1) screen is small
2) is very expensive
3) no internal battery for portable operation (needs to be plugged in to 12v source)
4) instruction manual has extremely limited information. Lots of hidden functionality i.e. difficult to find out how to input locations without a specific address (to mark, name and save a current location -- like a camping spot -- in memory).

Bottom line is if you can spend $800 - $1k, it's a very good GPS bundle. (Note: as of 2007, price is about half!)

ADDENDUM from Trips 2 and 3 (commuting to and from work):
The routing software chose the fastest, most direct route, using a combination of highway and back roads -- impressive and efficient. The map accuracy is very good, except for a few quirks like calling a company campus entrance road an "alley."
Mounting on the dashboard is good for a heads-up navigation display. The beanbag-style weighted portable base is suitably heavy, BUT the unit can go flying off the dashboard during a sharp turn.
Turning on the WAAS function (for more accurate location reading) significantly slows down initial satellite capture.
The trip computer offers lots of functionality as well sa quantitative and predictive data.
2007: I still use the unit regularly, find it useful and reliable, although a bit bigger and bulkier thatn some of the newer Garmins (but with smaller screens).
Telephone support by Garmin has been very good.
Have not used the XM Radio option for traffic -- have not heard that traffic info in the NY Metro area is sufficiently real-time or comprehensive.
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81 of 86 people found the following review helpful
5.0 out of 5 stars Garmin 2730 is GPS (Great Product 4 Sure)!, February 9, 2006
This review is from: Garmin StreetPilot 2730 3.8-Inch Portable GPS Navigator (Electronics)
I'm really delighted with the product. Before purchasing, I did as much research as I could regarding the various manufacturers and their product offerings:

Pros:

1. I love it!

2. It works well and if you veer off the calculated course, due to your personal knowledge of the area, it recalculates very quickly and ultimately gets you to where you want to be.

3. I'm learning the name of streets that I never knew before due to the text-to-speech feature!!

4. When traveling alone, one doesn't have to fumble with a map while trying to find streets, etc., and divert attention from driving safely.

Cons:

When I first got it, I had a terrible time trying to acquire satellites. At some point, the unit told me that it could not find any satellites and asked if had I traveled thousands of miles. I thought, no, I've been sitting here all the while and responded accordingly. Again, the same problem. Then, after a while, when it asked me again, I answered yes, and then the unit was off and running within a minute or so with satellite acquisiton. It's a minor point, but it wasn't anything addressed in the user manual.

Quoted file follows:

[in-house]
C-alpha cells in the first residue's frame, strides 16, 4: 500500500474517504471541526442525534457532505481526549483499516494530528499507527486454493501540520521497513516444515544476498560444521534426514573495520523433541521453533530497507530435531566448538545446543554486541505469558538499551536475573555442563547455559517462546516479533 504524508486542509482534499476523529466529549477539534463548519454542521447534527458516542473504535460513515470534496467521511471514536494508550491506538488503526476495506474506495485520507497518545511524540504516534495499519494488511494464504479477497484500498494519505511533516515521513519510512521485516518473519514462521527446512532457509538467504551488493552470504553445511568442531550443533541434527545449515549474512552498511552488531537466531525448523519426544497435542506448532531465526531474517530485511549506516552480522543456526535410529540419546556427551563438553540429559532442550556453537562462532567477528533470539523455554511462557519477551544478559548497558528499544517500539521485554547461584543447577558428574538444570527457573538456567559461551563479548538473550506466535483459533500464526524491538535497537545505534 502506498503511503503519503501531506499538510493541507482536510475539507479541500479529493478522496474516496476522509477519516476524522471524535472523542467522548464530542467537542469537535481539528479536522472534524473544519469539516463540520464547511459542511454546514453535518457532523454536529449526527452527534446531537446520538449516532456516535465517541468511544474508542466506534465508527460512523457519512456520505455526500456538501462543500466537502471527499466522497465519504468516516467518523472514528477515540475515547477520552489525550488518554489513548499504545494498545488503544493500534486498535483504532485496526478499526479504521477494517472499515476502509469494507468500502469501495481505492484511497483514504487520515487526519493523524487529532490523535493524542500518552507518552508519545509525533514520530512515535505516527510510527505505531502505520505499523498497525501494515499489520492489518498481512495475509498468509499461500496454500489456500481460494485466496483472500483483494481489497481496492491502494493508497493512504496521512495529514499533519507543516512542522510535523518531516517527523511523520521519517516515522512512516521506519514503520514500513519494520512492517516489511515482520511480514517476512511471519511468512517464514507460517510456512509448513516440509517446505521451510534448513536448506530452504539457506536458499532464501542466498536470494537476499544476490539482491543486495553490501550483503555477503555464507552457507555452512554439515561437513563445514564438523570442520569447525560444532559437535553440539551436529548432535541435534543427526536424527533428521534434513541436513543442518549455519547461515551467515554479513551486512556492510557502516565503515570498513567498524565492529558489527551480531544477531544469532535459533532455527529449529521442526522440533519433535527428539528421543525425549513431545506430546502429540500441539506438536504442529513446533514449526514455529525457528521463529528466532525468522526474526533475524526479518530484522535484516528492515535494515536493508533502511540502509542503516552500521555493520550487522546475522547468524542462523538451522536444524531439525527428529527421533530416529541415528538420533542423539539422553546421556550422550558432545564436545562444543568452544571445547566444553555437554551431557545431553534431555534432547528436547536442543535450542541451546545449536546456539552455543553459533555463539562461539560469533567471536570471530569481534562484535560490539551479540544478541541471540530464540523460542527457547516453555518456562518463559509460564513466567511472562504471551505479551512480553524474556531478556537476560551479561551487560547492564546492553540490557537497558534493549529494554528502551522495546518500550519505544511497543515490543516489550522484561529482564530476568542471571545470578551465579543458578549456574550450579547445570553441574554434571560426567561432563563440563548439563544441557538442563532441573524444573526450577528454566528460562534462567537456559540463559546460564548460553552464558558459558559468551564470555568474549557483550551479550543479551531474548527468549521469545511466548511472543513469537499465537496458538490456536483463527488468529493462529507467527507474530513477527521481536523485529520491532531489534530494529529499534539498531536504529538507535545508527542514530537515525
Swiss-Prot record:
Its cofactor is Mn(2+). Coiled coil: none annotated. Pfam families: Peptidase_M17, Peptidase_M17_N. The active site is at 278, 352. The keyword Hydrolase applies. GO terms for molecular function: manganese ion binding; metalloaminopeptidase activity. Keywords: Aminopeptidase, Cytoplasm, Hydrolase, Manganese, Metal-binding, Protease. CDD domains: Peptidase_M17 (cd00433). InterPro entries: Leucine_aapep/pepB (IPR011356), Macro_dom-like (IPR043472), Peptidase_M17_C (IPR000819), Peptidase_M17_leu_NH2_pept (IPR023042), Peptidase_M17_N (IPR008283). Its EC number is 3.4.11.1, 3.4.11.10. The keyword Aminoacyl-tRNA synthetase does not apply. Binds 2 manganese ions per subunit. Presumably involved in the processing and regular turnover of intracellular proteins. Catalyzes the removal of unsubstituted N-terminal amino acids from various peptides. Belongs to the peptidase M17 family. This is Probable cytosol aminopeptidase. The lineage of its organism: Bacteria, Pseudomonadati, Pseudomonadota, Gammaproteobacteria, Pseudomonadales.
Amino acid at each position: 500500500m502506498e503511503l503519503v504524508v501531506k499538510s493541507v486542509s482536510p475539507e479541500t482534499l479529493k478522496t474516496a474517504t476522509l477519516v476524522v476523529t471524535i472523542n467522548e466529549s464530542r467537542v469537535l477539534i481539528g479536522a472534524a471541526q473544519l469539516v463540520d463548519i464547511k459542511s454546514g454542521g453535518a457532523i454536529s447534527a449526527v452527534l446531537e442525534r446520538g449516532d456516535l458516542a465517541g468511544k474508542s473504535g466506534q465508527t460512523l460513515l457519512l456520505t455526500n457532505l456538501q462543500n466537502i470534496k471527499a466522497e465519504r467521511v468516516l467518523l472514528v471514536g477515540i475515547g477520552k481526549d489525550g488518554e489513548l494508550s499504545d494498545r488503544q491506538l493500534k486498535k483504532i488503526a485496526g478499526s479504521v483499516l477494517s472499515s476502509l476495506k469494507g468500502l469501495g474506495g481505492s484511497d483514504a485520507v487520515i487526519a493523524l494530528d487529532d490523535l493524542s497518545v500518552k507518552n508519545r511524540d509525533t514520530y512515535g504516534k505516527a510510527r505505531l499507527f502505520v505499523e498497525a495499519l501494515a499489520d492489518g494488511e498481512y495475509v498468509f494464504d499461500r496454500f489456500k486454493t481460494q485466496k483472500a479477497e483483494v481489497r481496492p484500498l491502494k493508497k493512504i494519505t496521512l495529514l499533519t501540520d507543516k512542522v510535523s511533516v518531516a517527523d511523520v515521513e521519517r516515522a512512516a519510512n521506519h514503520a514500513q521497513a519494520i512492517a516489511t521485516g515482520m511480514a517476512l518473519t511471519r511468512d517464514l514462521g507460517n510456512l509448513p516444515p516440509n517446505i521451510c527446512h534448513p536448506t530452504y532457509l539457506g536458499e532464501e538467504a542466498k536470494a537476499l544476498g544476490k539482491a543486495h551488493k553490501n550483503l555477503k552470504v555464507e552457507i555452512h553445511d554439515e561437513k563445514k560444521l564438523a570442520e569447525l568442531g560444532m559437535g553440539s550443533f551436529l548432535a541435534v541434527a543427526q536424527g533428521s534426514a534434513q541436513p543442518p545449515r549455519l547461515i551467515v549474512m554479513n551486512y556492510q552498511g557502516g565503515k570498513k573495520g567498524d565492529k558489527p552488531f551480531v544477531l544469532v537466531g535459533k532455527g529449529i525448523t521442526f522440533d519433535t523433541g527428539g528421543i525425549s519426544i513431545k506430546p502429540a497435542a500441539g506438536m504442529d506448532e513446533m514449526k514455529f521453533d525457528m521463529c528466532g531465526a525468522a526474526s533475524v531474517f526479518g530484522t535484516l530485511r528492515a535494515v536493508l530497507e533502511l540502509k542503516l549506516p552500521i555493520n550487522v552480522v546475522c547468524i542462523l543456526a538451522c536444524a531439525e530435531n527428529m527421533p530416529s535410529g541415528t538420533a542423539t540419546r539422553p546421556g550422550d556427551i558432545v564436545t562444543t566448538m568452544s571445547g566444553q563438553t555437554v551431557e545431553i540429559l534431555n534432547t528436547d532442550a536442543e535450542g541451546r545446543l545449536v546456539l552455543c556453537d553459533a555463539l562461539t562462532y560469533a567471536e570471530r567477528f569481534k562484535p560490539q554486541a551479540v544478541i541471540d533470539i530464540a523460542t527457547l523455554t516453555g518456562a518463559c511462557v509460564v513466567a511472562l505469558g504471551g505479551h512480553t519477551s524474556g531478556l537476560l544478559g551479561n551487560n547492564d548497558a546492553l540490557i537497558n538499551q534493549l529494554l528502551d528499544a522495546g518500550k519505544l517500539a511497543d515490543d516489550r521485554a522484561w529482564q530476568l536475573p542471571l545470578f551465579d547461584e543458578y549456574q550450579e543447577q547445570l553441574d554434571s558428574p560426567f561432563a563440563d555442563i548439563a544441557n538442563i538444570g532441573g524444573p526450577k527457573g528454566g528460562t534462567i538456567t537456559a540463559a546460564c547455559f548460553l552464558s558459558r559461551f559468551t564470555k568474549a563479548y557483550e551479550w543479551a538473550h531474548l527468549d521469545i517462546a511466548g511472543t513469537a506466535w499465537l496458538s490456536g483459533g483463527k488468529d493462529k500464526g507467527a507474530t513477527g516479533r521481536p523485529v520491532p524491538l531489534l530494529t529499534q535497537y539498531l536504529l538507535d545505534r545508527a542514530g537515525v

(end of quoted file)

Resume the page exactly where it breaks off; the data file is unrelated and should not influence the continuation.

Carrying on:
1. The wire for the external, auxilliary antenna has a mind of its own. It doesn't always stay put in the jack. Having said that, the user manual doesn't show where the antenna jack is. I think it's the same plug for the headset, but I'll never use a headset, and, satellite acquisition seems to be quicker and plentiful when using this jack, so I'll continue to use it.

2. The auxilliary antenna can be mounted via a windshield bracket (with suction cups) OR magnet. "OR" because, you have to do one or the other. The antenna attaches to either via two, miniscule screws that you have to screw in. So, since the bracket is plastic and not with some metal, you have to screw the antenna either to the bracket or the magnet and use accordingly. If you should change your mind, be sure to bring a very small philips head screw driver, nimble fingers and good eyesight. I almost lost one of the screws when first opening the package since I didn't expect the mounting to be of this nature and the screws were in the same bag with the magnet and not separately wrapped. Tear into the plastic too vigorously and the screws may go flying!

3. POIs are touted in the literature, etc., but not readily available for the US. AND, you can't create one on the fly. AND, the documentation doesn't address how to create a file to upload with POI's. And even if you could, it appears you need co-ordinates instead of an address in order to create a POI. So, things like school zones, etc., can't be easily put in on the fly so that you're made aware of these areas the next time you pass through.